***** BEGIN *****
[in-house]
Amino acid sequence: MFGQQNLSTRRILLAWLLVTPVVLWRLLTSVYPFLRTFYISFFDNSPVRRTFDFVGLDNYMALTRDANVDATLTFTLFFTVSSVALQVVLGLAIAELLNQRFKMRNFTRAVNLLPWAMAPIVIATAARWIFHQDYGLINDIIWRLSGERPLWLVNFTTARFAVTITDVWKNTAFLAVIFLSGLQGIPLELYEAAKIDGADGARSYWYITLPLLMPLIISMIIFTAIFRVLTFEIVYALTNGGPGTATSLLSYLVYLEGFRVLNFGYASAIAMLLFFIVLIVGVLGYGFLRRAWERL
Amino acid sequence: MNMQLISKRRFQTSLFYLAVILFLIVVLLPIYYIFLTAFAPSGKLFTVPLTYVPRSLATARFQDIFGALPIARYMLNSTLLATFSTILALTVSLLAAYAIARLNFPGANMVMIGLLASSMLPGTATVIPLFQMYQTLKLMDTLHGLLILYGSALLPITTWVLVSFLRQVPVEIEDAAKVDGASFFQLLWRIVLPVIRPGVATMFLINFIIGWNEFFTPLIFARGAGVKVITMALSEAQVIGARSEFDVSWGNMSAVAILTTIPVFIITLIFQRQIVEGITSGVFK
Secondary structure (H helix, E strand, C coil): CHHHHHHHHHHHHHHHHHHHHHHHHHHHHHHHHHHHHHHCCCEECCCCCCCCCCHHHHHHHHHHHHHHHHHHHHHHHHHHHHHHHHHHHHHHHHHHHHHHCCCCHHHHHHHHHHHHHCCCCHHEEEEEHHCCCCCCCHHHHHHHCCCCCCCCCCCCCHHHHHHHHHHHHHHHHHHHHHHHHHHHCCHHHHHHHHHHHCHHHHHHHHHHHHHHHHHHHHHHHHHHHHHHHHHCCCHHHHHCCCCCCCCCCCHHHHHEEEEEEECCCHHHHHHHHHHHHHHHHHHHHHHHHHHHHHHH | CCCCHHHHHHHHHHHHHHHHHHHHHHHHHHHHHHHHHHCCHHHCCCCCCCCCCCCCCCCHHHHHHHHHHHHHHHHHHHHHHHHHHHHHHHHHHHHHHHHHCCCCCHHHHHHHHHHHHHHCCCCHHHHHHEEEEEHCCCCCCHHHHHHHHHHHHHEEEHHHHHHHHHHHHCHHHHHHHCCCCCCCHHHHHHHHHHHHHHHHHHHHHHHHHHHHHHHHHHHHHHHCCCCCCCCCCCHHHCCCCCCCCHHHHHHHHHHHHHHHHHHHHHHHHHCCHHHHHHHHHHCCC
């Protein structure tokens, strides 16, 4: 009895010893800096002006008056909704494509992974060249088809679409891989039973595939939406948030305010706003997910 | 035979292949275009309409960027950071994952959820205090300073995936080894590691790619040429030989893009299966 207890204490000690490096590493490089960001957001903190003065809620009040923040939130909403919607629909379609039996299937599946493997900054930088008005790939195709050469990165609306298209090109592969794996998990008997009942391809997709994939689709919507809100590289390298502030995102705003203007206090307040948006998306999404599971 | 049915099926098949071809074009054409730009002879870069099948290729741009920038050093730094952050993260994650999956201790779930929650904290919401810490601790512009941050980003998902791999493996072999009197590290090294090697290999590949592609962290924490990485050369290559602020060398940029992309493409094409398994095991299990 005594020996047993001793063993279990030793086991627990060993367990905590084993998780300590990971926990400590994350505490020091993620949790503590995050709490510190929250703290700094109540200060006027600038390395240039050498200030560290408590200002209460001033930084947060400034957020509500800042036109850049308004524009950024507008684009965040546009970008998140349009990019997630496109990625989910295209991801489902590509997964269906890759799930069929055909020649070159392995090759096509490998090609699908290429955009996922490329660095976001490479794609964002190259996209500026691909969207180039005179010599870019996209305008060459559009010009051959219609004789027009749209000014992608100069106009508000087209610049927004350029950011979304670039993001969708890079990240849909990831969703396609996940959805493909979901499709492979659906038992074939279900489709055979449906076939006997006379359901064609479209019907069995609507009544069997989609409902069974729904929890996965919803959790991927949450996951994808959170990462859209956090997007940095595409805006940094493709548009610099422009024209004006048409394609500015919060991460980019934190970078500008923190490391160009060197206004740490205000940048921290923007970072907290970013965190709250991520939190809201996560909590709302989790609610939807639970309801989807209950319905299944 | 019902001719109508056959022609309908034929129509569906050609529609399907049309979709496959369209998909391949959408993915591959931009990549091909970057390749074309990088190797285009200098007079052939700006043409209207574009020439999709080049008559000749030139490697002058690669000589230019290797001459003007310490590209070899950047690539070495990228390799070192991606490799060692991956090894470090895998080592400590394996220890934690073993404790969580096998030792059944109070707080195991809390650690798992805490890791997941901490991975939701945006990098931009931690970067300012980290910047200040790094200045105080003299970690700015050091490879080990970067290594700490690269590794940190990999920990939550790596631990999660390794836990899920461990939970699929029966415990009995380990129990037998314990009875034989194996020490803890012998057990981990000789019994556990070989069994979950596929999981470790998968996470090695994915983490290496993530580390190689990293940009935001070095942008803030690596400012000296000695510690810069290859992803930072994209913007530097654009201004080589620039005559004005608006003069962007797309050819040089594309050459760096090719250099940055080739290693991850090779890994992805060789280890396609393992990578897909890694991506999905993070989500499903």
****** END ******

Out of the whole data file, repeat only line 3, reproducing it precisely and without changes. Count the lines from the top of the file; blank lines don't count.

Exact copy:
Amino acid sequence: MNMQLISKRRFQTSLFYLAVILFLIVVLLPIYYIFLTAFAPSGKLFTVPLTYVPRSLATARFQDIFGALPIARYMLNSTLLATFSTILALTVSLLAAYAIARLNFPGANMVMIGLLASSMLPGTATVIPLFQMYQTLKLMDTLHGLLILYGSALLPITTWVLVSFLRQVPVEIEDAAKVDGASFFQLLWRIVLPVIRPGVATMFLINFIIGWNEFFTPLIFARGAGVKVITMALSEAQVIGARSEFDVSWGNMSAVAILTTIPVFIITLIFQRQIVEGITSGVFK